When you think of the Great American Songbook, some of the finest in in the literature of music comes to mind. This is far from a static library of songs that are borrowed by musicians every now and then to put their own spin on things. It is a moveable feast and to this splendid musical repast often comes something new and enduring. The music of Thelonious Monk and Wayne Shorter comes immediately to mind, as does that of Duke Ellington and Charles Mingus…the Beatles, to name a few. Does it new this end there? You would be hard-pressed to think of another voice, right? Perhaps… But then you might not have heard this latest disc by the pianist Leslie Pintchik entitled True North. The six original songs on this gorgeous album of ten are so remarkably written that I would wager that they have an extraordinary chance of entering into those hallowed portals created by Hal Leonard and Irving Mills.
Just what is a ‘Standard’? It is hard to define. Many publishers who dominated the industry in early part fo the 20th Century seem to have created a so-called ‘Songbook’ – which has actually existed as a published book – more as an attempt to market and make not a little money off music that was written for Broadway and Hollywood productions. Musical forms were somewhat fluid, but mostly dominated by songs deeply influenced by the pop music of the day, namely jazz and classical music. However it is not just commerce that made the Songbook. The inventive, no-holds-barred characterisation of a song with or without words often meant that it had the enduring quality that created a demand for the music to be repeatedly performed by musicians fell in love with this music and re-used it often to define their own musical personalities. The music Johann Sebastian Bach in the classical realm and the Jazz music of Ellington, Mingus, Monk and Shorter are unforgettable examples of this fact.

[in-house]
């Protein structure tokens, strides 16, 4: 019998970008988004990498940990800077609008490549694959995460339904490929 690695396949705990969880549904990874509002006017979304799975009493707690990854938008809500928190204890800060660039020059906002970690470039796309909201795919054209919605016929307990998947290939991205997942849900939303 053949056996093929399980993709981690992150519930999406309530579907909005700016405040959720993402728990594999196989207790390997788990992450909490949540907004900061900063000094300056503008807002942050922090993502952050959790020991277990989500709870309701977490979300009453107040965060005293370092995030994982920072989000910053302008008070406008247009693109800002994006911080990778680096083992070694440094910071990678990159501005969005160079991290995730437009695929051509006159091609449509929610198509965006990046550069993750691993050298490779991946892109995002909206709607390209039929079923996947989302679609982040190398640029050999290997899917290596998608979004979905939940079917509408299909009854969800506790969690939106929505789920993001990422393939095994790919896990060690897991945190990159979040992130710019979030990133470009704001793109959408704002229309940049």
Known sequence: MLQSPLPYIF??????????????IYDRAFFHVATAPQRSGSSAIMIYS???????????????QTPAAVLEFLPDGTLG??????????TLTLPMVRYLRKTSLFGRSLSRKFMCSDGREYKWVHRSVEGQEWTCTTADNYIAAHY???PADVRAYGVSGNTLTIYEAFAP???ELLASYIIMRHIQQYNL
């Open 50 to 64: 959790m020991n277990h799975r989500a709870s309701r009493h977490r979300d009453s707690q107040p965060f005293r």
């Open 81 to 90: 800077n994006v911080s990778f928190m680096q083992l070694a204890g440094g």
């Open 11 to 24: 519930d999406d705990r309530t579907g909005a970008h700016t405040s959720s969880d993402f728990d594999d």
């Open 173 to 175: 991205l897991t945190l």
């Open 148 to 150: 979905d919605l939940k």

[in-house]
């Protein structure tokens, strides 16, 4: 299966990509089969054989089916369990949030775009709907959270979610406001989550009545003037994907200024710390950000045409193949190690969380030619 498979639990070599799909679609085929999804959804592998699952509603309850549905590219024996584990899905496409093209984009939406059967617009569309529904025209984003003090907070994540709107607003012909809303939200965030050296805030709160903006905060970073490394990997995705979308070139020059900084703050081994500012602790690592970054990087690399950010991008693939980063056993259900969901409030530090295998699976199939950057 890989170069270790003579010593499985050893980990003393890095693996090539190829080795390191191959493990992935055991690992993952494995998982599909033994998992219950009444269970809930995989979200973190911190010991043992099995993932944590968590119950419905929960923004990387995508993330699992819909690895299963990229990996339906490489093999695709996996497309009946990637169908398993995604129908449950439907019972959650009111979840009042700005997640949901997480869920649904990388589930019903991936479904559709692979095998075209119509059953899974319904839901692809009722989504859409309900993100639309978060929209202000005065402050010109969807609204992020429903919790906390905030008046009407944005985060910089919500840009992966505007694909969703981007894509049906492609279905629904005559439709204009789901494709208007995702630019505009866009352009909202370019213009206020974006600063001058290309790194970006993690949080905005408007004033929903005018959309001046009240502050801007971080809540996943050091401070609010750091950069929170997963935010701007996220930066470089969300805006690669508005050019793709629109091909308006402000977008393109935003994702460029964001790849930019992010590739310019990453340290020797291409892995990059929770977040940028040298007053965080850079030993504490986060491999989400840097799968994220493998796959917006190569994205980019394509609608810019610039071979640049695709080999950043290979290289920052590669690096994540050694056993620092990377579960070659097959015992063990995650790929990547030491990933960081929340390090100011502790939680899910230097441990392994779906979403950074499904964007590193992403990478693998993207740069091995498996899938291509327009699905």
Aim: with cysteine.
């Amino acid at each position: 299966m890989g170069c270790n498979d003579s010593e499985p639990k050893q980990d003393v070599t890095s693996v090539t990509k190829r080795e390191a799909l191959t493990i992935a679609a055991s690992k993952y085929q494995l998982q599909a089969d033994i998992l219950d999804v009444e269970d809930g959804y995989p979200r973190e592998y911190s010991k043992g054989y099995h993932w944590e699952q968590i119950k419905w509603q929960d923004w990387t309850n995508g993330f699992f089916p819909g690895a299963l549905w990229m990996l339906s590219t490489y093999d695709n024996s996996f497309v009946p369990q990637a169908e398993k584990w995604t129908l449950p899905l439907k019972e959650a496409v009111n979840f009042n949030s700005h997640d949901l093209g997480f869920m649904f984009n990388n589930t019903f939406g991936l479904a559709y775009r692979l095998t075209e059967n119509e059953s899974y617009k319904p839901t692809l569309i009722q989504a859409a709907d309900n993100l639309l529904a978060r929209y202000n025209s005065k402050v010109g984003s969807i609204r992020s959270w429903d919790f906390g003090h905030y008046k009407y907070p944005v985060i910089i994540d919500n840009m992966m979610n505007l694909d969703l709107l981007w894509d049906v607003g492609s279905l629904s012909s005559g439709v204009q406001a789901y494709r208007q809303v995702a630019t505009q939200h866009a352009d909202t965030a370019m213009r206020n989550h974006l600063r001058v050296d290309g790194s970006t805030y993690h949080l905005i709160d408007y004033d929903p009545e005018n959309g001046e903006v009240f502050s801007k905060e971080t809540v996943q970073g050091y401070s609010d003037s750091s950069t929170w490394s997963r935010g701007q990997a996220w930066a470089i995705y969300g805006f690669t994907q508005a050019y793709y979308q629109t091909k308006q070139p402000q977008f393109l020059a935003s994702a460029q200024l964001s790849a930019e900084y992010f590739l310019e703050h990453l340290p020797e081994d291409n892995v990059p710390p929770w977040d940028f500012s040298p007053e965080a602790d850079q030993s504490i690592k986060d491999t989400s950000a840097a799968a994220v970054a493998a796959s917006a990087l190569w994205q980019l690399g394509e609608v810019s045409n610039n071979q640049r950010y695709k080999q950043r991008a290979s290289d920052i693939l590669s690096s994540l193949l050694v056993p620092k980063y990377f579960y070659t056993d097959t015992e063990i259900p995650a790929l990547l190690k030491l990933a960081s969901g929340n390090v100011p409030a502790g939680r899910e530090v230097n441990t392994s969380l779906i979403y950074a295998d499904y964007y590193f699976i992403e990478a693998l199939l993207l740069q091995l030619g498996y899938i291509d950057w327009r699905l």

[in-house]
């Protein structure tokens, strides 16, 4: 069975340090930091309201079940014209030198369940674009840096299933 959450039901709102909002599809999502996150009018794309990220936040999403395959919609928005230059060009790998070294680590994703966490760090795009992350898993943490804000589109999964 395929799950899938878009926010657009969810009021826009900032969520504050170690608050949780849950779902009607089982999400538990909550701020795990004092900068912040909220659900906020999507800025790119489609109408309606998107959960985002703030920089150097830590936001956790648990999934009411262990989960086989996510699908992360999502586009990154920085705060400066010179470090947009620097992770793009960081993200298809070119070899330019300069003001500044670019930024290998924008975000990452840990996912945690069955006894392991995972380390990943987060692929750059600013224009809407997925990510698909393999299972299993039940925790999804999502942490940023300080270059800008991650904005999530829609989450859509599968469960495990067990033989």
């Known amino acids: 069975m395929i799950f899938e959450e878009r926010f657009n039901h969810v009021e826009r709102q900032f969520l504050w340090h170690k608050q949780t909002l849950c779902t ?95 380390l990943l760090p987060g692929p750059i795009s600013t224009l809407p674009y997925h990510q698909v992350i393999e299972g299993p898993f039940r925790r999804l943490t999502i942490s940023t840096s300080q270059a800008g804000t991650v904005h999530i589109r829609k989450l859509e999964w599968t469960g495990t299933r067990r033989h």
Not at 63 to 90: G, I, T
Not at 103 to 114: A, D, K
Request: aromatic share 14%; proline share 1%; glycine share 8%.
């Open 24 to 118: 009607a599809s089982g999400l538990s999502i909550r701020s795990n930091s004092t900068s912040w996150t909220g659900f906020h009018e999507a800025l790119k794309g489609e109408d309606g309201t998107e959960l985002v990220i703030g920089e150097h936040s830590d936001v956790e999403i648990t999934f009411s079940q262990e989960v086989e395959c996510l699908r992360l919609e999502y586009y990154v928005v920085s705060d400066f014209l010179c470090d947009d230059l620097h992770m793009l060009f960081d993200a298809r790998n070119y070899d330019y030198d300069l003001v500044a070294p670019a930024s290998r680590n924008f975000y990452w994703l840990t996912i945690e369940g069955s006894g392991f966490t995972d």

The combination of popular appeal and profundity of thought begs special recognition for the ‘literary’ (for want of a musical term) the music that Leslie Pintchik writes. But her work goes even further in originality and exploratory boldness, summing up a lifetime’s experience in music that ranges from the village green, via the sophisticated salon, to Wordsworthian voyages ‘through strange seas of thought , alone. Just as you can’t imagine the 20th Century without Thelonious Monk’s oeuvre, or the 21st Century without Wayne Shorter’s I am putting all my money on the future of Leslie Pintchik’s oeuvre and the proof of this is in this disc. Few 21st opuses on are so diverse or so heedless of the acknowledged conventions of the time.
And if it seems odd to talk of Pintchik in the same breath as Shorter and Monk, listen to the indispensible recording of the endlessly surprising works. Granted that they are performed here by a pianist, a saxophonist and a trumpeter, together with a bass and percussion section, but if you pay close attention you will surely hear how highly strung violins, sinewy cellos and rumbling basses and a host of horns give ‘extreme’ performances of this repertoire, just a beautifully as a solo piano, or even a solo horn can do. And what of these performers led by Leslie Pintchik herself? Very few quintets in my experience have employed such a wide range of colour and dynamics this music, often with revelatory results; the blanched, disembodied ‘em>pianissimo in the visionary modulations in the visionary modulations in the finale of ‘Tumbleweed’; or the sudden veiling of tone to illuminate a magical shift of key in ‘True North’ is played with controlled bucolic delirium. Finally there is the extraordinary manner in which Pintchik’s music fits in with that of Henry Mancini’s, J. Fred Coots, Frederick Hollander’s and John Lennon’s. And that’s just a fact and further proof of the deeply pondered nature of this music that takes nothing for granted.
Track List: Let’s Get Lucky; Tumbleweed; Just Sayin’; Imagine; Crooked as a Dog’s Hind Leg; True North; Falling in Love Again; Charade; Discreet; For All We Know.
Personnel: Leslie Pintchik: piano; Steve Wilson: alto & soprano saxophone (1, 2, 5, 6, & 9); Ron Horton: trumpet & Flugelhorn (1, 2, 5, 6, & 9); Scott Hardy: bass; Michael Sarin: drums; Satoshi Takeishi: percussion (1 – 9).
Label: Pintch Hard
Release date: May 2016
Running time: 1:03:21